Dying Without a Will in Virginia
Laws of Intestacy Succession in Virginia
NOTE: State laws change frequently and the following information may not reflect recent changes in the laws. For current tax or legal advice, please consult with an accountant or an attorney since the information contained in this article is not tax or legal advice and is not a substitute for tax or legal advice.
Below is a summary of the Virginia intestacy succession laws in various situations.
Deceased Person is Survived by a Spouse and/or Descendants
Here is what will happen if the deceased person is survived by a spouse and/or descendants (children, grandchildren, great-grandchildren, etc.):
- Survived by a spouse and descendants, all of whom are descendants of the spouse - In this case, the surviving spouse will inherit 100% of the deceased spouse's probate estate.
- Survived by a spouse and descendants, at least one of whom is not the descendant of the surviving spouse - In this case since some of the deceased person's descendants are not descendants of the surviving spouse (in other words, the deceased person had children from a prior marriage or relationship), the surviving spouse will inherit one-third (1/3) of the probate estate and the descendants will inherit the entire remainder, per stirpes.
- Survived by a spouse and no descendants - In this case, the surviving spouse will inherit 100% of the probate estate.
- Survived by descendants and no spouse - In this case, the deceased person's descendants will inherit 100% of the probate estate, per stirpes.
Deceased Person is Not Survived by a Spouse or Descendants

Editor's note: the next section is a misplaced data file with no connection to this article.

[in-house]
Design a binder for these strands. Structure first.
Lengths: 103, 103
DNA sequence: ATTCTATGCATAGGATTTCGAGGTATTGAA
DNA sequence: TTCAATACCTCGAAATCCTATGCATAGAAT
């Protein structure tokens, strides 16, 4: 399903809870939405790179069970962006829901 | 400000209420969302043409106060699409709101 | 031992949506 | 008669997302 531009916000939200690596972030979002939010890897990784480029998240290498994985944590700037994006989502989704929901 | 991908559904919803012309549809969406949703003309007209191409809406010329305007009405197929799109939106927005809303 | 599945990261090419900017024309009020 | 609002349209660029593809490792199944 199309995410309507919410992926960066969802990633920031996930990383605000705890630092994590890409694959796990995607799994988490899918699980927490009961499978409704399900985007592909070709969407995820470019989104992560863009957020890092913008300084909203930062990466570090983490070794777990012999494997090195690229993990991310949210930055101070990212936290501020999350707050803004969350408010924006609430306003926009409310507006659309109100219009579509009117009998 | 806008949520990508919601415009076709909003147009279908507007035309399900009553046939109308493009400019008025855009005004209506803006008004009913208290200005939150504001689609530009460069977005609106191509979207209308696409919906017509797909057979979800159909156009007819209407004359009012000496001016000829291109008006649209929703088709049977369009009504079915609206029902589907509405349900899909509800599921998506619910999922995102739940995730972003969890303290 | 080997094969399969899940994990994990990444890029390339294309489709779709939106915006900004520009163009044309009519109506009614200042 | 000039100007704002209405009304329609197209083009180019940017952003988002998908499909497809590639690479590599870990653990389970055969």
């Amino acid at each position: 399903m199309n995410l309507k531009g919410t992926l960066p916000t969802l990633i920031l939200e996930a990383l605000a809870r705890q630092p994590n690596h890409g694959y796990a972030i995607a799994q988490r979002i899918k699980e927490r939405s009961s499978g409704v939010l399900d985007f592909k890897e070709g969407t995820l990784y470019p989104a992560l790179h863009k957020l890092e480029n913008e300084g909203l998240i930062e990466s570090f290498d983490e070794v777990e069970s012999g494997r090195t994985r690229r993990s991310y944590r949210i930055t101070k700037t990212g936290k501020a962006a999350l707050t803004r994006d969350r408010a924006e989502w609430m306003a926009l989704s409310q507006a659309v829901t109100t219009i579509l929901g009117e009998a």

Here is what will happen if the deceased person is not survived by a spouse or any descendants (children, grandchildren, great-grandchildren, etc.):
- Survived by one or both parents - In this case, the parents will inherit the deceased person's probate estate in equal shares or the surviving parent will inherit 100% of the probate estate.
- Survived by siblings and no parents - In this case, the deceased person's siblings will inherit 100% of the probate estate, per stirpes.
- Not survived by parents, siblings or descendants of siblings - In this case, the probate estate will pass to grandparents, aunts or uncles, great uncles or aunts, cousins of any degree, or the children, parents, or siblings of a predeceased spouse. In the unlikely circumstance that the deceased person is not survived by any family members as described above, then the entire probate estate will escheat to the Commonwealth of Virginia.
What Will You Inherit From a Virginia Intestate Estate?
So what will you inherit if your relative dies without leaving a Last Will and Testament and the relative was a resident of Virginia or owned real estate located in Virginia? Even if you determine based on the information presented above that you are entitled to an intestate share of your relative's estate, you may very well not inherit anything. Why? Because your relative may have left all non-probate property or the debts your relative owed at the time of death may exceed the value of the probate estate which will make the estate insolvent .
If you are not sure of your legal rights as an intestate heir in Virginia, then consult with a Virginia probate attorney to be sure.